First stop back was Westminster Abbey. From our first sight of it a week earlier, Rasa knew she wanted to see inside so this is where we headed. Since it was already early afternoon, the line to get in was about 25 minutes long. We dutifully took our place and ended up just in front of an elderly couple from the US. Now, I don’t want to disparage anyone’s relationship, but wow… the husband must have been a saint! The woman, while seemingly very nice, complained about everything! It started with the CityPass card, which they obviously did not get full value for. Then when I mentioned things like being uncomfortable with the height of the Tower Bridge, the woman explained to me it wasn’t that high and she didn’t have a problem with it. After trying to explain in different ways for several minutes, I just let it go, knowing she had no problem with heights and damned to anyone else who did, they just needed to get over it. It just struck me as typical of a lot of people in general, being unable to get out of their own heads long enough to realize their experiences were not universal and other people might feel differently about things.
Inside the Abbey, we left our new friends, grabbed an audio guide and headed into the crush of people. The building itself is stunning, no question. There was a service going on while we walked through, which also struck me as odd. I know it;s a working church, but it seemed fairly incongruous to have a priest in the background talking about how it was easier for a camel to pass through the eye of a needle than a rich man to get into heaven after having just watched people pay £18 for entrance and then seen several collection boxes next to most major sights. That all said, it was still fascinating to see the historically important tombs of the past monarchs of England as well as my personal favorite area, Poet’s Corner, where everyone from Geoffrey Chaucer to Charles Dickens is buried and Lewis Carroll, Samuel Taylor Coleridge and Lord Byron have memorials. I think one of the most fitting burials though, is Sir Laurence Olivier, whose ashes reside directly under the gaze of the monument to William Shakespeare.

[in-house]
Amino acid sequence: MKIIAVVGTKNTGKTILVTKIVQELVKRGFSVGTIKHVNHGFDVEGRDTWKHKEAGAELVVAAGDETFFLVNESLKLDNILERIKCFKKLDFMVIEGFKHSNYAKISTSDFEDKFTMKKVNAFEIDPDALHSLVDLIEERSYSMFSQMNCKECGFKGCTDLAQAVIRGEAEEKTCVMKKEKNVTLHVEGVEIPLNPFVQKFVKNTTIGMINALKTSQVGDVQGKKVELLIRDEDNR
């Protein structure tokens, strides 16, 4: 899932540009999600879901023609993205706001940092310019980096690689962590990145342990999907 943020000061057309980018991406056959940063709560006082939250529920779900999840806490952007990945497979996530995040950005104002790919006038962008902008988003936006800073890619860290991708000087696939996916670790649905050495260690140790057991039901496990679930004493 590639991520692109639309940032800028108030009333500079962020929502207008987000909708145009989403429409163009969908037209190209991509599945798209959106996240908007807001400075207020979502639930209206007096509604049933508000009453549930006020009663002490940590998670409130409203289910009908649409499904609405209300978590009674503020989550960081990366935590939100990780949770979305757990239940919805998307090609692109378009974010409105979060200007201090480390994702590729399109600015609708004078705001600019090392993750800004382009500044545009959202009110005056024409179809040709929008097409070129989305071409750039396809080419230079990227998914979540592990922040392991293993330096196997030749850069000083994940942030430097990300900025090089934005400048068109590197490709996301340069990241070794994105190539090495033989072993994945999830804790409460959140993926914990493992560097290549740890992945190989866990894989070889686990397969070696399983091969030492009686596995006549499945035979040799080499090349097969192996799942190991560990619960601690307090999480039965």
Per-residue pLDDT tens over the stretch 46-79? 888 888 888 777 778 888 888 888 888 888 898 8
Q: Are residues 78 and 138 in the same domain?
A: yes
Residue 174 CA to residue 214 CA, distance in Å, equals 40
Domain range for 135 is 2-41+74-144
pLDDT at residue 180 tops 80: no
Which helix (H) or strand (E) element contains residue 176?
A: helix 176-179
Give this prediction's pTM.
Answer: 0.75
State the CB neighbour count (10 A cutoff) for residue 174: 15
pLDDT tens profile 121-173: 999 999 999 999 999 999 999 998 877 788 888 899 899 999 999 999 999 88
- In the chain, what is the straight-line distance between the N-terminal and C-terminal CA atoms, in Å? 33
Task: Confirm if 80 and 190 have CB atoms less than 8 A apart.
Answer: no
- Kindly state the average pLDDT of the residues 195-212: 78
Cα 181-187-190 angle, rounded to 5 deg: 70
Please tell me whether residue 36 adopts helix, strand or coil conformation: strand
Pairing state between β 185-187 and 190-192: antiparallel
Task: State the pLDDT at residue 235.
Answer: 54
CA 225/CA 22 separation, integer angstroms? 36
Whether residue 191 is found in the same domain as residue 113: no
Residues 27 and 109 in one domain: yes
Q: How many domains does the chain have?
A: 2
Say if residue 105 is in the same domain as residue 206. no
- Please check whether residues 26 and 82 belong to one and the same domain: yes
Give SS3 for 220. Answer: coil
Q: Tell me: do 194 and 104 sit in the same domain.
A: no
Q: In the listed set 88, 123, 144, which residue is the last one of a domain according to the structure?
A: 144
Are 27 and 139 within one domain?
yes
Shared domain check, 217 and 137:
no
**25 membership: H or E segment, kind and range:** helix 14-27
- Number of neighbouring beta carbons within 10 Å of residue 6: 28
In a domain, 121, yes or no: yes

Our last bit of touring for the day, we had decided, was to take the CityTours ferry boat down to Greenwich and see some of the sites we’d missed on Sunday. The boat was part of our CityPass and was a hop on/hop off deal for the day so we could go, see, and come back, easy as you please.
We got seats inside (it was chilly and raining), eventually moving all the way to the front so we could see everything out of the forward facing windows and basically just decided to enjoy the ride. It had been a long week and being able to relax and enjoy the sights as they rolled past seemed like a nice way to spend an hour or of the afternoon.